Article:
Saturday, October 1, 2016

Money series: how commercial banks create money (part 3) - money creation and destruction

In our last post, we have examined on a very high level the four misconceptions that surrounds the process by which money is created by commercial banks.
Now it is time to dive into more details and provide an example of the way money is created when Mr. Smith goes to a bank and apply for a loan of, let's say, 20 k€.


Money creation
Let's imagine that the initial balance sheet of the bank looks like this.

Assets
Liabilities
1000000
Shareholder equity: 1000000


For the sake of simplicity, we are assuming that the liabilities are only made by the shareholder equity, that sum up to 1M€. This money has been invested into assets for an equivalent value of 1 M€.

Now Mr. Smith steps into the bank and ask to borrow 20K€ for whatever reasons he may have. Let's suppose he needs to buy a new car for his business. The bank checks the financial situation of Mr Smith and grants him the loan.
Here is how the new balance sheet of the bank looks like:

Assets
Liabilities
New loan to Mr. Smith: + 20000
New account for Mr. Smith: +20000
Previous assets: 1000000
Shareholder equity: 1000000


Total Assets: 1020000
Total Liabilities: 1020000

We can see some important things, here:

1. In the immediate term, the bank does not need to find the money from anywhere, therefore...
2  ..there is no "lending" here. There is money creation.
3. The only thing that counts is that the bank considers Mr. Smith trustworthy to pay back the debt.
4. Most important: by increasing both sides of the balance sheets simultaneously, by 20K, the bank has created new money and this money is available to Mr. Smith that can spend it in the real economy, improving the GDP (he asked the money to buy a car for his business).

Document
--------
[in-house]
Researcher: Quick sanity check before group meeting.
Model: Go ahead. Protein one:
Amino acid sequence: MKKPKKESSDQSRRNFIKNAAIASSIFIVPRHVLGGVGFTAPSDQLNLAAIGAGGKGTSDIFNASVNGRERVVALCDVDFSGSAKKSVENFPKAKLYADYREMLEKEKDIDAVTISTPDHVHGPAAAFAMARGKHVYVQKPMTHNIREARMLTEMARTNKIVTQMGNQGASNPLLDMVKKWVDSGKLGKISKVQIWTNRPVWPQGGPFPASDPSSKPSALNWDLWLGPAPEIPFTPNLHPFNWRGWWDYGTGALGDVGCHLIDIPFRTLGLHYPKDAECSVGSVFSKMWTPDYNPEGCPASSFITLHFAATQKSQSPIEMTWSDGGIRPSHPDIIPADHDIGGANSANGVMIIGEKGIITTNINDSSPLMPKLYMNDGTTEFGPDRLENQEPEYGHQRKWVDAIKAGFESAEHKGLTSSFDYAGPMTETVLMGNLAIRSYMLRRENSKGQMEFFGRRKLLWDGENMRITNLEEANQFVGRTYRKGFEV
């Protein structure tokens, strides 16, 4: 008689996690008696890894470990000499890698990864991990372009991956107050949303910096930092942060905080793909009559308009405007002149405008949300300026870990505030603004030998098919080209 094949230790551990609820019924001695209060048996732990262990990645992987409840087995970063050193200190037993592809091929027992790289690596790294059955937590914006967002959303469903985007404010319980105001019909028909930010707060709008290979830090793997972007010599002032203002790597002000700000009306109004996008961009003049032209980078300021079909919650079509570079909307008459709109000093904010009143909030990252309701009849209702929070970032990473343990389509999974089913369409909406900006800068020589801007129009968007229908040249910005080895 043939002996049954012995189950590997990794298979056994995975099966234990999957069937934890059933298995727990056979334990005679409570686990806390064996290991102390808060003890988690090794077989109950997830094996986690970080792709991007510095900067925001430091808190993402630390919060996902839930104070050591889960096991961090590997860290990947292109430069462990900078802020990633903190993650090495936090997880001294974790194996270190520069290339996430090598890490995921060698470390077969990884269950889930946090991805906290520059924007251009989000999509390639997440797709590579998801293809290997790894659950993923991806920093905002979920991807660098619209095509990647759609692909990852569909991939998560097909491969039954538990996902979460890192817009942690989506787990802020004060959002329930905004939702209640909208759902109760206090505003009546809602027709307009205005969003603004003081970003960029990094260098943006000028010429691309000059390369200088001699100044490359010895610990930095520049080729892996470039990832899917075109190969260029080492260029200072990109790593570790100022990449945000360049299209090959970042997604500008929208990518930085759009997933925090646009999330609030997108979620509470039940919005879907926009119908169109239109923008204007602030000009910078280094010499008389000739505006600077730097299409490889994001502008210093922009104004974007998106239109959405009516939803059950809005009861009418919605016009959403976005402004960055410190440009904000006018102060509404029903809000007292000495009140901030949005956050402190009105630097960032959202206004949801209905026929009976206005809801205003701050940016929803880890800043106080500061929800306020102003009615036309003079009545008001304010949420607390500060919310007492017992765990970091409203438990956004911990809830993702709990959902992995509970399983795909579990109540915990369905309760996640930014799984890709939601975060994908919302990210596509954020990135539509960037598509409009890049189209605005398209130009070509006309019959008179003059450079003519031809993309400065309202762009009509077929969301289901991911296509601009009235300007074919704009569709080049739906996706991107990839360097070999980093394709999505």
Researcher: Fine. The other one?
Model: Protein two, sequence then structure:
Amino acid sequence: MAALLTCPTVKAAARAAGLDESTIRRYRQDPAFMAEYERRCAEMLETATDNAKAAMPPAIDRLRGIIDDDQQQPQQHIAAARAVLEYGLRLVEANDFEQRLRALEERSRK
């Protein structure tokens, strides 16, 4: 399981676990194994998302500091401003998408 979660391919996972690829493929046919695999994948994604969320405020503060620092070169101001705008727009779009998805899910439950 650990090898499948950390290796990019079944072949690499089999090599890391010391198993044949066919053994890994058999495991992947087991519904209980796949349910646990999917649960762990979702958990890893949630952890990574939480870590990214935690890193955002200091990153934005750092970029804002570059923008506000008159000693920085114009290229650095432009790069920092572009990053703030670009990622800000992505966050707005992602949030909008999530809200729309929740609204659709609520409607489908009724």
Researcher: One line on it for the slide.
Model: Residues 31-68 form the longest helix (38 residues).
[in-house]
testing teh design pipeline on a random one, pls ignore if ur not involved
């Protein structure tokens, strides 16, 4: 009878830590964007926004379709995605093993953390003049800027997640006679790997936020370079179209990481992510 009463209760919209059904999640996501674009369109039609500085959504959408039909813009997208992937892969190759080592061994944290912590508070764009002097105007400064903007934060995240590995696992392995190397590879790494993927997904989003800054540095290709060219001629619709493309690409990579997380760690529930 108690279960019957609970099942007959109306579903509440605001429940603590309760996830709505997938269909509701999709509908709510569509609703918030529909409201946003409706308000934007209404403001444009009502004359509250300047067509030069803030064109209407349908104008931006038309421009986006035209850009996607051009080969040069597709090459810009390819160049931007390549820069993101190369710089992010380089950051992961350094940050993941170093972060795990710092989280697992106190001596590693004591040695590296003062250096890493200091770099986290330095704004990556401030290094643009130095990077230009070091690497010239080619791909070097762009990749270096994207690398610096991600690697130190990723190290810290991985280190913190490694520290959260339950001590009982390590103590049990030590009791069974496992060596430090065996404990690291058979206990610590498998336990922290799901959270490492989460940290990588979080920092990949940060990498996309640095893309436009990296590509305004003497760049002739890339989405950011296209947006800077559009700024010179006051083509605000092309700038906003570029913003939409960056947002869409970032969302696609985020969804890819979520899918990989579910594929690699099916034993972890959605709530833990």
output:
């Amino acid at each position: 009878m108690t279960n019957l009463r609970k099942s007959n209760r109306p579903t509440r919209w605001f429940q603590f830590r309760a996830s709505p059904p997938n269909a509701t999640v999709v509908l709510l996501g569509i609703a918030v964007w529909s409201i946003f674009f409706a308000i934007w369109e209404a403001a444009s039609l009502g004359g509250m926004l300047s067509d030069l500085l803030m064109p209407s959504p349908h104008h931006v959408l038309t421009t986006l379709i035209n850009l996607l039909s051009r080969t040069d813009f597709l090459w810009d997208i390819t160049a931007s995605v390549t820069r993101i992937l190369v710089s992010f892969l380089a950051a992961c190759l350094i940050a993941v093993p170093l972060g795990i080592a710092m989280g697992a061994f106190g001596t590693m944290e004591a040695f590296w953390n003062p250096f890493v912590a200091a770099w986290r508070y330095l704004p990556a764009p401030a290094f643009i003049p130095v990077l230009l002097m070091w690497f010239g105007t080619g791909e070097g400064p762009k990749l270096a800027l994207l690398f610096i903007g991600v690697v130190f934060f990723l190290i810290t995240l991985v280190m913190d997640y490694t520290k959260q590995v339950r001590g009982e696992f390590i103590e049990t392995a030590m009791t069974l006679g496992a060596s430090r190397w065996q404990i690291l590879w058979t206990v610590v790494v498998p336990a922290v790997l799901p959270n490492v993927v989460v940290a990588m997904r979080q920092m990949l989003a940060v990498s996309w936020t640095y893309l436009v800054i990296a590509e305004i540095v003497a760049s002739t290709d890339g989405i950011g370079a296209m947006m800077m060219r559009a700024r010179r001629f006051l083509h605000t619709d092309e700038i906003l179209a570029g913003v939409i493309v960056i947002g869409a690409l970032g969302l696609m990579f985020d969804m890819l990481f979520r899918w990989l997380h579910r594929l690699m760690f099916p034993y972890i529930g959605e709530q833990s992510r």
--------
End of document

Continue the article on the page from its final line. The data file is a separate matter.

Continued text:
Let's suppose that the loan is for a duration of 2 years and the payment the interest to be paid is 5% year. Let's suppose that the bank is paying Mr. Smith 1% of interest on the deposit.
The margin for the bank is 5-1 = 4%. This spread is the origin of the profit for the bank. So, this is why banks makes money by creating money and applying a spread between the cost of money for the borrower and the cost of money that the bank has to pay for the depositors.

Money destruction
The very first day after he got 20 K€ from the bank in his account, Mr. Smith goes to a car dealer and buy a 20K€ car. Let's suppose that he makes a bank transfer from his bank to the dealer's bank, which is different from Mr Smith's bank. An intermediate balance sheet would look like this.


Assets
Liabilities
Existing loan to Mr. Smith: + 20000
Existing account for Mr. Smith: +20000 – 20000 = 0
New assets: 1020000 - 20000 = 980000
Shareholder equity: 1000000


Total Assets: 1000000
Total Liabilities: 1000000

Since there is no money in Mr Smith's account, the liabilities entry for Mr. Smith goes to zero.
Nevertheless, he has still to pay his debt, so there is no change in the existing loan to Mr Smith row. The new assets lowers by 20000, because Mr. Smith took away his money from the bank, in the form of bank reserves. We will cover better this point in the next post. Since Shareholder equity is the algebraic difference Assets - Liabilities, this means that the shareholder equity goes back to 1M€.

Now, after one year, Jack can pay his debt to the bank, which is 20K, plus the interest: after one year, the bank got 5% of 20K, which makes 1K, and has reinvested this extra 1K in other assets.

Assets
Liabilities
Exist. loan to Mr. Smith: + 20000 - 20000 = 0
Exist. account for Mr. Smith:  0